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EnglishEdit

EtymologyEdit

Latin

NounEdit

custos (plural custodes)

  1. (obsolete) A warden.
    • c. 1530, John Rastell, The Pastyme of People: The Cronycles of Dyuers Realmys, London,[1]
      [] they were commytted to prison & put out of theyr offyces & the Constable of the Towre made custos of the citye.
    • 1803, Robert Charles Dallas, The History of the Maroons, London: Longman and Rees, Volume 1, Letter 5, p. 148,[2]
      Mr. Tharp, the Custos of the parish, and several other gentlement, accompanied the corps.
  2. (Roman Catholicism) A monastic superior, who, under the general of his order, has the direction of all the religious houses of the same fraternity in a given district, called a custody of the order.

Derived termsEdit

TranslationsEdit

AnagramsEdit


LatinEdit

EtymologyEdit

Possibly from Proto-Indo-European *(s)kewdʰ- (to cover, wrap, encase), from *(s)kew- (to cover, hide), in which case cognate with Ancient Greek κεύθω (keúthō, to conceal), Old English hȳdan (to hide, conceal, preserve) (English hide).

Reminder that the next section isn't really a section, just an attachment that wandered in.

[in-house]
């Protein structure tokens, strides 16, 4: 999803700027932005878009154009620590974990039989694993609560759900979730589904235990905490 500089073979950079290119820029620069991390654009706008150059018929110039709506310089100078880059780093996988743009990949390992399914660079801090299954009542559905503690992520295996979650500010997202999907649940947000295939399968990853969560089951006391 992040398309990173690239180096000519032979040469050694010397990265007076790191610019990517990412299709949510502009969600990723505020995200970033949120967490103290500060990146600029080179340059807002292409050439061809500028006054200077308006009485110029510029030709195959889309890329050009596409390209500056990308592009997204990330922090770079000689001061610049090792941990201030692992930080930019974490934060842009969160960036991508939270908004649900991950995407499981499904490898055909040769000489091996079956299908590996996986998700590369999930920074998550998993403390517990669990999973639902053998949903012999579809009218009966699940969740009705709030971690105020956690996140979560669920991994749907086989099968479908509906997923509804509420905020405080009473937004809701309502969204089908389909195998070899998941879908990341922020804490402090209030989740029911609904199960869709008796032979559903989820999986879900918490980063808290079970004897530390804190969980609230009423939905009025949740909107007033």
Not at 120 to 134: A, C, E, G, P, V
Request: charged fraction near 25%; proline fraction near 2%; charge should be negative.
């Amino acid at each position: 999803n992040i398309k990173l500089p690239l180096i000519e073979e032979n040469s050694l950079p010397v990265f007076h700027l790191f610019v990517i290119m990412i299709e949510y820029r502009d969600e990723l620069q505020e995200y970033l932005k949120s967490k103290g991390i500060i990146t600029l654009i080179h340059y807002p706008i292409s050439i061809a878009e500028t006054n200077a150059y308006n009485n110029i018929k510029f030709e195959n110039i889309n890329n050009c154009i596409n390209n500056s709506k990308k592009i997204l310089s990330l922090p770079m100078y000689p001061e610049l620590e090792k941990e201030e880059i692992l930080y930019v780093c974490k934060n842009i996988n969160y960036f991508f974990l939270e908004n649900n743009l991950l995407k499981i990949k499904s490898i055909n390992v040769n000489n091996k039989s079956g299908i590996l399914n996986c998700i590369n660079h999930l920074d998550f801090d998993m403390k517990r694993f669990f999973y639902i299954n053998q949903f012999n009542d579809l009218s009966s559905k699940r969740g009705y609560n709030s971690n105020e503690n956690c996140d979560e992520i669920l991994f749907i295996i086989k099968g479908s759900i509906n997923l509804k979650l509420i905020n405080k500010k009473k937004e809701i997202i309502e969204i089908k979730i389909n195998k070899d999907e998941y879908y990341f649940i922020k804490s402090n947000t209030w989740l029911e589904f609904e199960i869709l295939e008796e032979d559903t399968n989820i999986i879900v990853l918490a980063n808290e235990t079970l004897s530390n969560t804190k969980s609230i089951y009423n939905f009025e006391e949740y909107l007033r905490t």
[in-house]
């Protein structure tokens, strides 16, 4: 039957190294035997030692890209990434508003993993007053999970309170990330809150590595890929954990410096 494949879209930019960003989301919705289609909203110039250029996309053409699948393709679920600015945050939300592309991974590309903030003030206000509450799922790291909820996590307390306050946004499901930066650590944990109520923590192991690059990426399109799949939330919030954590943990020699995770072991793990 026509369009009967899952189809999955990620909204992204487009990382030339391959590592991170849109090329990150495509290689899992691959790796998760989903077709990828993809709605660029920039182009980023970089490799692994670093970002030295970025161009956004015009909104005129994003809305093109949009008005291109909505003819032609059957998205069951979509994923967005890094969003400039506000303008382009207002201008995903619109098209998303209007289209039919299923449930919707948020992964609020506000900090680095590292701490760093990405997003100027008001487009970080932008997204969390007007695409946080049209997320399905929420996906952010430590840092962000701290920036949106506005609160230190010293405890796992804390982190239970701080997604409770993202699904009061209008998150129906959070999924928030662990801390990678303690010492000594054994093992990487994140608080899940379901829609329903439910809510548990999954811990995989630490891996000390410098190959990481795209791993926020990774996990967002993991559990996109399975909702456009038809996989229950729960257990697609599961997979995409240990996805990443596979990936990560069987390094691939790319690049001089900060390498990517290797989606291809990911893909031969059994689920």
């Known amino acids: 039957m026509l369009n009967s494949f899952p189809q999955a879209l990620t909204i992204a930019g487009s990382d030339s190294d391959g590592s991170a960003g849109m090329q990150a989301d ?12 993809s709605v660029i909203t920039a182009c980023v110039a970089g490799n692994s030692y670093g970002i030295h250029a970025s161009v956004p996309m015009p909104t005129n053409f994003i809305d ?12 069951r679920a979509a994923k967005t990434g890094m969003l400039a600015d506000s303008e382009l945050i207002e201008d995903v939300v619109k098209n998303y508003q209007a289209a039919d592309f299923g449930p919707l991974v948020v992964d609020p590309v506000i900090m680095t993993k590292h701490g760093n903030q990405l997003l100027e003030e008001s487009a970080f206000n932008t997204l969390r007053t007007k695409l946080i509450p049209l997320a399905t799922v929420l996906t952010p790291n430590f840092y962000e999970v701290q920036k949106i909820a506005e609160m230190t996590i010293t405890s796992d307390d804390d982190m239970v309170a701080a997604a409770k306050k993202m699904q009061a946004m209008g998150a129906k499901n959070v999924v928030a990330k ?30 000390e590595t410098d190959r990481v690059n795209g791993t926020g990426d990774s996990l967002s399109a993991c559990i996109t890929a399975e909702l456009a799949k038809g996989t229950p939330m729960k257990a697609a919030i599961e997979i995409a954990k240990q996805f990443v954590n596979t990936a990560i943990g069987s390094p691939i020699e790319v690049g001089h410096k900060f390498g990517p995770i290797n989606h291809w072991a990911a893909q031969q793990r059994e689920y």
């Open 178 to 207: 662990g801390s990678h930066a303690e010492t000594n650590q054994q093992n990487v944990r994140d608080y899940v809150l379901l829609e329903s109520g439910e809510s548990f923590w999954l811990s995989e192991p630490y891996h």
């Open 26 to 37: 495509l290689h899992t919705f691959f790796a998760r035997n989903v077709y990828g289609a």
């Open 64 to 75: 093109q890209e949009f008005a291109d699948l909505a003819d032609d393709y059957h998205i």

PronunciationEdit

NounEdit

cū̆stōs m (genitive cū̆stōdis); third declension

  1. A guard, protector
  2. A guardian, tutor
  3. A jailer
  4. A keeper, custodian

NotesEdit

Root vowel length uncertain due to unclear etymology, lack of inscriptional evidence and conflicting evidence from Romance languages. Greek Κουστώδης suggests a long vowel, though.

DeclensionEdit

Third-declension noun.

Case Singular Plural
Nominative cū̆stōs cū̆stōdēs
Genitive cū̆stōdis cū̆stōdum
Dative cū̆stōdī cū̆stōdibus
Accusative cū̆stōdem cū̆stōdēs
Ablative cū̆stōde cū̆stōdibus
Vocative cū̆stōs cū̆stōdēs

Derived termsEdit

ReferencesEdit


PortugueseEdit

NounEdit

custos

  1. plural of custo